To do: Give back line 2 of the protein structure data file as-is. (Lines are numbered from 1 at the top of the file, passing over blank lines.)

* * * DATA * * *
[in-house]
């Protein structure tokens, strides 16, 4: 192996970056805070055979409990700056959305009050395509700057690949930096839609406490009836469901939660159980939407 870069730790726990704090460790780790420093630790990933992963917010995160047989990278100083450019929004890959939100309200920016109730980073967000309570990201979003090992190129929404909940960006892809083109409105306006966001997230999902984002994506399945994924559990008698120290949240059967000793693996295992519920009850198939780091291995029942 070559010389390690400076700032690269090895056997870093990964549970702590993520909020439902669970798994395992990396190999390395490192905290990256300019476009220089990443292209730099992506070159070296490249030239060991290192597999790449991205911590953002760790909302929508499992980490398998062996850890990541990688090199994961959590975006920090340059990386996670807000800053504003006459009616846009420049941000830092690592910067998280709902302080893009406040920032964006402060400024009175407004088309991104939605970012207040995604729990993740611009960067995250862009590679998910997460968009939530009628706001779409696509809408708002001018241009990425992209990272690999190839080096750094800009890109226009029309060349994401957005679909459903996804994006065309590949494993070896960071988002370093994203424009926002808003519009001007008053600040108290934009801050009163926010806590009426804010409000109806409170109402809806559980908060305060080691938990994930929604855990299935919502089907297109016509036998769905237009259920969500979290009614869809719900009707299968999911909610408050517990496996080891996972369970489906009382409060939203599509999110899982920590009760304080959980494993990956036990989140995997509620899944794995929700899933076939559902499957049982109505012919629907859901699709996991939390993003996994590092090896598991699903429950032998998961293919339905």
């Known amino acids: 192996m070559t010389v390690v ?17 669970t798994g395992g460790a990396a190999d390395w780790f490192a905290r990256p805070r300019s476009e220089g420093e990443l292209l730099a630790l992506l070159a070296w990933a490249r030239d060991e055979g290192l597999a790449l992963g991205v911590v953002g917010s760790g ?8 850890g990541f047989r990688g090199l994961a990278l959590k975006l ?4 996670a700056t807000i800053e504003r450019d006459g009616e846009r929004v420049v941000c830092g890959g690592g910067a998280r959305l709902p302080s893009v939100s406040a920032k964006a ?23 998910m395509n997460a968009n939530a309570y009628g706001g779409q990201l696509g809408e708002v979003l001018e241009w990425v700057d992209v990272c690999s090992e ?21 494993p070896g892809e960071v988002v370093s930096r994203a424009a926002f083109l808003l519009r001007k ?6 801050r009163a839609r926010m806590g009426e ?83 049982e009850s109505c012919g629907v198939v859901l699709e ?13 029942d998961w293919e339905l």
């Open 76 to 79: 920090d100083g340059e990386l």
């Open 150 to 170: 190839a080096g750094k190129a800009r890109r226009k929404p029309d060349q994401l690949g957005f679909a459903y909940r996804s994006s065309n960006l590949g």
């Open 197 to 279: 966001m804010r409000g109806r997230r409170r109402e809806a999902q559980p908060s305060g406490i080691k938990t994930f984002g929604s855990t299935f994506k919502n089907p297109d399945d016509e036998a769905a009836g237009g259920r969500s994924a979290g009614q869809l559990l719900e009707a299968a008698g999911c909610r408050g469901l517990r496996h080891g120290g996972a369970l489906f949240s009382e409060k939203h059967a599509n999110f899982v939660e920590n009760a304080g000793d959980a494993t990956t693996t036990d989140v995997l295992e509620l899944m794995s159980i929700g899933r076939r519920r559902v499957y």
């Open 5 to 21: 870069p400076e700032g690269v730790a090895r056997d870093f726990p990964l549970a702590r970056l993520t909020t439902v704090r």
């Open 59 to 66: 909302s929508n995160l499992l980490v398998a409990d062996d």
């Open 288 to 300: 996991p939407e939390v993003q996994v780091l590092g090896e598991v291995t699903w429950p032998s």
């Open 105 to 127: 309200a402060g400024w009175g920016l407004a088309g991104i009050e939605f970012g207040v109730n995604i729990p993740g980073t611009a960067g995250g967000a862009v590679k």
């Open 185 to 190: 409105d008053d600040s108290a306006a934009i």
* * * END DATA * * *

């Protein structure tokens, strides 16, 4: 192996970056805070055979409990700056959305009050395509700057690949930096839609406490009836469901939660159980939407 870069730790726990704090460790780790420093630790990933992963917010995160047989990278100083450019929004890959939100309200920016109730980073967000309570990201979003090992190129929404909940960006892809083109409105306006966001997230999902984002994506399945994924559990008698120290949240059967000793693996295992519920009850198939780091291995029942 070559010389390690400076700032690269090895056997870093990964549970702590993520909020439902669970798994395992990396190999390395490192905290990256300019476009220089990443292209730099992506070159070296490249030239060991290192597999790449991205911590953002760790909302929508499992980490398998062996850890990541990688090199994961959590975006920090340059990386996670807000800053504003006459009616846009420049941000830092690592910067998280709902302080893009406040920032964006402060400024009175407004088309991104939605970012207040995604729990993740611009960067995250862009590679998910997460968009939530009628706001779409696509809408708002001018241009990425992209990272690999190839080096750094800009890109226009029309060349994401957005679909459903996804994006065309590949494993070896960071988002370093994203424009926002808003519009001007008053600040108290934009801050009163926010806590009426804010409000109806409170109402809806559980908060305060080691938990994930929604855990299935919502089907297109016509036998769905237009259920969500979290009614869809719900009707299968999911909610408050517990496996080891996972369970489906009382409060939203599509999110899982920590009760304080959980494993990956036990989140995997509620899944794995929700899933076939559902499957049982109505012919629907859901699709996991939390993003996994590092090896598991699903429950032998998961293919339905």